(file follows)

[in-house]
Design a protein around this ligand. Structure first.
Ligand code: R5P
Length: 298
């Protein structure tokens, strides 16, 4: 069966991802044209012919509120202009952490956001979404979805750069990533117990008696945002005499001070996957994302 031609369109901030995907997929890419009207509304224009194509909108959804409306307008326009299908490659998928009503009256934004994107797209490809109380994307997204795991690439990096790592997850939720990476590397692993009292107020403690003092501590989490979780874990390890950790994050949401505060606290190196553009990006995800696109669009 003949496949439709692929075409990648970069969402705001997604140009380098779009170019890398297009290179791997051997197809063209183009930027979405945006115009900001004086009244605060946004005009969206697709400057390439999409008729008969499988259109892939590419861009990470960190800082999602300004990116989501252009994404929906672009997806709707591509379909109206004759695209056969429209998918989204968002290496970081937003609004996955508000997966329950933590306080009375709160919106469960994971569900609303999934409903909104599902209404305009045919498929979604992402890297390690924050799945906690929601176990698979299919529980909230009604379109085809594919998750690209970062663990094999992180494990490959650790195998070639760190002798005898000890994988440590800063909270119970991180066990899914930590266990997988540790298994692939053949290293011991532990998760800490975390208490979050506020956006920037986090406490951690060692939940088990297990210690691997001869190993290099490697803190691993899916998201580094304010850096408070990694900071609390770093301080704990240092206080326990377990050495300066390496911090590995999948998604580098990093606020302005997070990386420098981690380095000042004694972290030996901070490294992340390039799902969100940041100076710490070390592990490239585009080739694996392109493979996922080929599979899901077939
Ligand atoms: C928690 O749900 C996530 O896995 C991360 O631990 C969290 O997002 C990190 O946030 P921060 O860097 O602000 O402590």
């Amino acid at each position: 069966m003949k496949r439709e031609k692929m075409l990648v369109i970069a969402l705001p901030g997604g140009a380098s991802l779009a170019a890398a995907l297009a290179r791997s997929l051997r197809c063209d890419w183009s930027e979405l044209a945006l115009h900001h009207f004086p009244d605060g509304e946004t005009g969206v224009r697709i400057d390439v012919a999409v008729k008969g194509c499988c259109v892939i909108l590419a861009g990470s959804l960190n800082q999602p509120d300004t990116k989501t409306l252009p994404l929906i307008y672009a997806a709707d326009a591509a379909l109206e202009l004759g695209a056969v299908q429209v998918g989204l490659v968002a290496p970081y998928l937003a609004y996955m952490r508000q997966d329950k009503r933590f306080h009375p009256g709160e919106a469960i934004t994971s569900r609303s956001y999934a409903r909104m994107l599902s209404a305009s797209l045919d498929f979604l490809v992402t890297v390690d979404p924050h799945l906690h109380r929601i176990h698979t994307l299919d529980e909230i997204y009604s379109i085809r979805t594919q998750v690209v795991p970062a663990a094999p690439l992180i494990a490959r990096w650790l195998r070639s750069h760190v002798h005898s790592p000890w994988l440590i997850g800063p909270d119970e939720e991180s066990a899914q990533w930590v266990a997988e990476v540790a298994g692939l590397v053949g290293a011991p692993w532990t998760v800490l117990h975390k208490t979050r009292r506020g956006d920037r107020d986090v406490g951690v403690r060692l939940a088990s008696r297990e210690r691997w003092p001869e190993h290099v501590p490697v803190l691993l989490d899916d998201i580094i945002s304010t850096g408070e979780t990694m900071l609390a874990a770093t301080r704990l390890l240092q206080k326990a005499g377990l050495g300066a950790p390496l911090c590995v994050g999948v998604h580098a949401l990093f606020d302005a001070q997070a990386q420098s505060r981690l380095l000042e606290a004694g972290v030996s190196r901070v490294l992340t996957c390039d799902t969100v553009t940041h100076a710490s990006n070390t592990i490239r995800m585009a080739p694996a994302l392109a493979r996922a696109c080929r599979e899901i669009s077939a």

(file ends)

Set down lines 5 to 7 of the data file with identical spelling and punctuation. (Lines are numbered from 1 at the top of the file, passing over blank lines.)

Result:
């Protein structure tokens, strides 16, 4: 069966991802044209012919509120202009952490956001979404979805750069990533117990008696945002005499001070996957994302 031609369109901030995907997929890419009207509304224009194509909108959804409306307008326009299908490659998928009503009256934004994107797209490809109380994307997204795991690439990096790592997850939720990476590397692993009292107020403690003092501590989490979780874990390890950790994050949401505060606290190196553009990006995800696109669009 003949496949439709692929075409990648970069969402705001997604140009380098779009170019890398297009290179791997051997197809063209183009930027979405945006115009900001004086009244605060946004005009969206697709400057390439999409008729008969499988259109892939590419861009990470960190800082999602300004990116989501252009994404929906672009997806709707591509379909109206004759695209056969429209998918989204968002290496970081937003609004996955508000997966329950933590306080009375709160919106469960994971569900609303999934409903909104599902209404305009045919498929979604992402890297390690924050799945906690929601176990698979299919529980909230009604379109085809594919998750690209970062663990094999992180494990490959650790195998070639760190002798005898000890994988440590800063909270119970991180066990899914930590266990997988540790298994692939053949290293011991532990998760800490975390208490979050506020956006920037986090406490951690060692939940088990297990210690691997001869190993290099490697803190691993899916998201580094304010850096408070990694900071609390770093301080704990240092206080326990377990050495300066390496911090590995999948998604580098990093606020302005997070990386420098981690380095000042004694972290030996901070490294992340390039799902969100940041100076710490070390592990490239585009080739694996392109493979996922080929599979899901077939
Ligand atoms: C928690 O749900 C996530 O896995 C991360 O631990 C969290 O997002 C990190 O946030 P921060 O860097 O602000 O402590």
């Amino acid at each position: 069966m003949k496949r439709e031609k692929m075409l990648v369109i970069a969402l705001p901030g997604g140009a380098s991802l779009a170019a890398a995907l297009a290179r791997s997929l051997r197809c063209d890419w183009s930027e979405l044209a945006l115009h900001h009207f004086p009244d605060g509304e946004t005009g969206v224009r697709i400057d390439v012919a999409v008729k008969g194509c499988c259109v892939i909108l590419a861009g990470s959804l960190n800082q999602p509120d300004t990116k989501t409306l252009p994404l929906i307008y672009a997806a709707d326009a591509a379909l109206e202009l004759g695209a056969v299908q429209v998918g989204l490659v968002a290496p970081y998928l937003a609004y996955m952490r508000q997966d329950k009503r933590f306080h009375p009256g709160e919106a469960i934004t994971s569900r609303s956001y999934a409903r909104m994107l599902s209404a305009s797209l045919d498929f979604l490809v992402t890297v390690d979404p924050h799945l906690h109380r929601i176990h698979t994307l299919d529980e909230i997204y009604s379109i085809r979805t594919q998750v690209v795991p970062a663990a094999p690439l992180i494990a490959r990096w650790l195998r070639s750069h760190v002798h005898s790592p000890w994988l440590i997850g800063p909270d119970e939720e991180s066990a899914q990533w930590v266990a997988e990476v540790a298994g692939l590397v053949g290293a011991p692993w532990t998760v800490l117990h975390k208490t979050r009292r506020g956006d920037r107020d986090v406490g951690v403690r060692l939940a088990s008696r297990e210690r691997w003092p001869e190993h290099v501590p490697v803190l691993l989490d899916d998201i580094i945002s304010t850096g408070e979780t990694m900071l609390a874990a770093t301080r704990l390890l240092q206080k326990a005499g377990l050495g300066a950790p390496l911090c590995v994050g999948v998604h580098a949401l990093f606020d302005a001070q997070a990386q420098s505060r981690l380095l000042e606290a004694g972290v030996s190196r901070v490294l992340t996957c390039d799902t969100v553009t940041h100076a710490s990006n070390t592990i490239r995800m585009a080739p694996a994302l392109a493979r996922a696109c080929r599979e899901i669009s077939a």